Finally, and to be clear, adoption service providers should not only serve families directly but also with accountability. The adoption community should abandon the limited case management approach, especially post-adoption. And, if an adoption agency cannot truly provide basic case management for disruptions and dissolutions, then they should not do the work of intercountry adoption. After all, competence, service, integrity, and supervision make up critically important elements of ethical social work practice (National Association of Social Workers, 1999). This last element, strong and structured supervision with accountability holds promise and it should be absolutely required for all activities and especially subcontracted services.
At this time in social work, the most controversial subject in public discourse related to policy and human service practice is intercountry adoption. The subject of poor social work practice and even adoption fraud has received considerable discourse by social work practitioners and scholars since at least the Vietnam Babylift (Bergquist, 2009), through the Romanian era (Johnson, Edwards, & Puwak, 2003), and then onward to more current events including the very recent 2010 earthquake in Haiti and attempts to abduct children for adoption (Rotabi & Bergquist, 2010) and reform efforts in general related to international issues and policy shifts (i.e. see [listed chronologically] Joe, 1978; Ryan, 1983; Ngabonziza, 1991; Carstens & Juliá, 1995; Greenfield, 1995; Triseliotis, 2000; Gresham, Nackerud & Risler, 2004; Hollingsworth, 2003; Bailey, 2006; Hollingsworth, 2008; Rotabi, 2008; Rotabi & Bunkers, 2008; Bergquist, 2009; Bunkers, Groza & Lauer, 2009; Roby & Ife, 2009).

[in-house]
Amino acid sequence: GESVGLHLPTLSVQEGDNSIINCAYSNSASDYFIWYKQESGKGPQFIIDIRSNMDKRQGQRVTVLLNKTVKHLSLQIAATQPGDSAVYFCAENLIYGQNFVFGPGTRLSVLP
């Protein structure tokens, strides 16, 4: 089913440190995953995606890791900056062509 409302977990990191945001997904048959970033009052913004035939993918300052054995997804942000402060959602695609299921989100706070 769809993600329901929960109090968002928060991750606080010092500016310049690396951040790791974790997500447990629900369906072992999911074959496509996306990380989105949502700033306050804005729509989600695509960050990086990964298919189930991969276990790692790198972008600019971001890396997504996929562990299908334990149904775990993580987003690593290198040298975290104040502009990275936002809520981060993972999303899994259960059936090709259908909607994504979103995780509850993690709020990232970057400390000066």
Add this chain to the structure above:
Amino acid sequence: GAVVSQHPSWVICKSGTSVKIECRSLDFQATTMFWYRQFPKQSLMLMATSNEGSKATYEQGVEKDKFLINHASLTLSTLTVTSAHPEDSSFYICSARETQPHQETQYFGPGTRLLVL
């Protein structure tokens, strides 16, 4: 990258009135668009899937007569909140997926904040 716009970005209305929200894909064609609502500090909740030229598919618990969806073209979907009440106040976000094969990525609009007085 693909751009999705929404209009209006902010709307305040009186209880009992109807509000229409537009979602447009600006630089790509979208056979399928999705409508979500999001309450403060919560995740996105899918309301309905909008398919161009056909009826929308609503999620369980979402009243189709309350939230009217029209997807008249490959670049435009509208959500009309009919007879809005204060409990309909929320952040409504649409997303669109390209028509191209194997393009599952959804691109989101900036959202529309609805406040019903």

In this era of reform and ethical concerns about intercountry adoption practices, some social workers have called to abolish the practice due to inherent problems (i.e. Dickens, 2009) while others pragmatically (Masson, 2001; Rotabi & Gibbons, 2009) offer recommendations to strengthen practice standards (i.e. Bailey, 2006; Triseliotis, 2000;). Ultimately, ICA as a social work activity must be treated as an ethical practice area with the highest of standards, considering the global implications and the best interests of the child. This latter conception has inherent disagreement, depending on the lens or perspective (Rotabi & Bergquist, 2010), and Artyom’s case brings to bear issues of institutionalized children who may or may not transition well as the placement family makes adjustments or fails to adapt.
Artyom’s case is an example of the intersections between two nations, citizenship, and human rights of some of the most vulnerable people in the world—institutionalized children. As such, the discipline of social work must look inward with hard questions about the current nature and state of quality related to home studies, pre-placement training, and post-placement assessments. Artyom’s case is one that indicates evidence of poor practice in some areas (Rotabi, 2010b), for which the authors have provided speculation and assessment to the best of their ability for this commentary. The authors have been limited given Artyom’s, and his adoptive mother’s, right to confidentiality, especially related to home study documentation and other critical information like pre-placement readiness with appropriate training. However, the authors offer this commentary not to limit criticism to this specific case but to begin critical discourse in the profession, ultimately encouraging enhanced standards and practice at the adoption agency and policy practice levels.
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Karen Smith Rotabi is Assistant Professor of Social Work at Virginia Commonwealth University. Her research interests are global social work practice and families impacted by war, including intercountry adoption. See her website www.HagueEvaluation.com on this particular aspect of her interests or listen to a recent interview with the author at http://cosw.sc.edu/alumni/417-karen-smith-rotabi-featured-on-national-public-radio . Rotabi received her PhD in social work from the University of North Carolina at Chapel Hill (2004) and both her MSW (1994) and MPH (1995) at the University of South Carolina.
Todd M. Heine is a candidate for J.D., LL.M., Master 2 (France), and M.Ed. His research interests are in international family law, including intercountry adoption, surrogacy, child custody, and matrimonial matters. He offers legal research assistance in cross-border disputes, especially among the United States, European Union Member States, and Eastern European countries.